100 Years of Hard Hats
Did you know that the Hard Hat is turning 100 Years Old this year? At HireQuest Direct, we provide all of our Field Team Members with a hard hat so they are PPE and OSHA compliant on all job sites. Here’s some history on the hard hat.
In the early years of the shipbuilding industry, dock workers in constant danger of being hit on the head – by objects dropped from ship decks – covered their hats with pitch (tar), and set them in the sun to cure.
In 1898, Edward Dickinson Bullard (of the California mining equipment firm E.D. Bullard Company) was already a 20 year veteran of the industrial safety business. The company sold protective hats made of leather. But in 1919 Bullard’s son returned home from World War I with a steel helmet that provided his dad with ideas to improve industrial safety. Bullard patented a “hard-boiled hat” made of steamed canvas, glue and black paint. That same year, the U.S. Navy commissioned Bullard to create a shipyard protective cap that began the widespread use of hard hats.
Not to get too nerdy on the issue – some interesting facts:
- Aluminum became a standard for hard hats around 1938, except for electrical applications.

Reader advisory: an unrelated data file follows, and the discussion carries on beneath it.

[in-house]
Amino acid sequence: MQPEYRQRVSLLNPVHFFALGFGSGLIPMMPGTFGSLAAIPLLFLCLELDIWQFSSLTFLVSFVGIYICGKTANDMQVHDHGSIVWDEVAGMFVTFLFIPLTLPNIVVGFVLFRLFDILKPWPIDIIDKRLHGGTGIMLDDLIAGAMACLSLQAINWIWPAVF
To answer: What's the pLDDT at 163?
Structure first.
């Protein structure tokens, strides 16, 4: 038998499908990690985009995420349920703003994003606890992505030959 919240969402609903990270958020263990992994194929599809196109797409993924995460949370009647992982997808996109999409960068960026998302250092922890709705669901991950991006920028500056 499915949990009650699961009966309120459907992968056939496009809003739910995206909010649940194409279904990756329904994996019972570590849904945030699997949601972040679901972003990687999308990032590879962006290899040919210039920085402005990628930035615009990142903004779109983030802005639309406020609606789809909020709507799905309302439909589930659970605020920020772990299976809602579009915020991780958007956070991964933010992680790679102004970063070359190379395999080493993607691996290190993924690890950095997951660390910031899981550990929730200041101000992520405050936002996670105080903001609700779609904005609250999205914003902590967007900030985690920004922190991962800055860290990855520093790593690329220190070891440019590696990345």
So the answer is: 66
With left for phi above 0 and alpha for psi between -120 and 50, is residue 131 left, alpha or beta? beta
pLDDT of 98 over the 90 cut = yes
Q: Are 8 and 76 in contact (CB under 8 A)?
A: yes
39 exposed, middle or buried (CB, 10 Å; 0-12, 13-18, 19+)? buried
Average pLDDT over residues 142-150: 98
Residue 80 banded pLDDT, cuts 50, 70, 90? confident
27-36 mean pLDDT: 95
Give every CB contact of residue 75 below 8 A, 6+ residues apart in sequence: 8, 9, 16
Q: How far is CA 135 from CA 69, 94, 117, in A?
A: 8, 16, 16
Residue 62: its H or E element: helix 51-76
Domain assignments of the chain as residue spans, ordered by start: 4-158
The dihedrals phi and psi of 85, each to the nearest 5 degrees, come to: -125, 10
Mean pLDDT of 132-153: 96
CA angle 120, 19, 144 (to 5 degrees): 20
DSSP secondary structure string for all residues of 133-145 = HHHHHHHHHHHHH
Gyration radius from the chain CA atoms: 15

- Thermoplastics took over in the 1950s, as they are easy to mold and shape with heat and cost less to manufacture.
- In 1952, MSA offered the Shockgard Helmet to protect electrical linemen from electrical shock of up to 10,000 volts.
- In 1961, MSA released the Topgard Helmet, the first polycarbonate hard hat. 1962 brought the V-Gard Helmet, which today is the most widely used hardhat in the United States.
- In 1997 ANSI allowed the development of a ventilated hard hat to keep wearers cooler.
- Today, most hard hats are made from high-density polyethylene (HDPE) or advanced engineering resins, such as Ultem. Accessories such as face shields, sun visors, earmuffs, and perspiration-absorbing lining cloths could also be used;
- State of the art attachments include radios, walkie-talkies, pagers, and cameras.
Two examples of amazing Hard Hat protective qualities:
- ANSI Type II / CSA Type 2 hard hats meets stringent vertical and lateral impact and penetration requirements.
- Class E (Electrical) provides dielectric protection up to 20,000 volts.
- You’ve come along way, Hard Hat!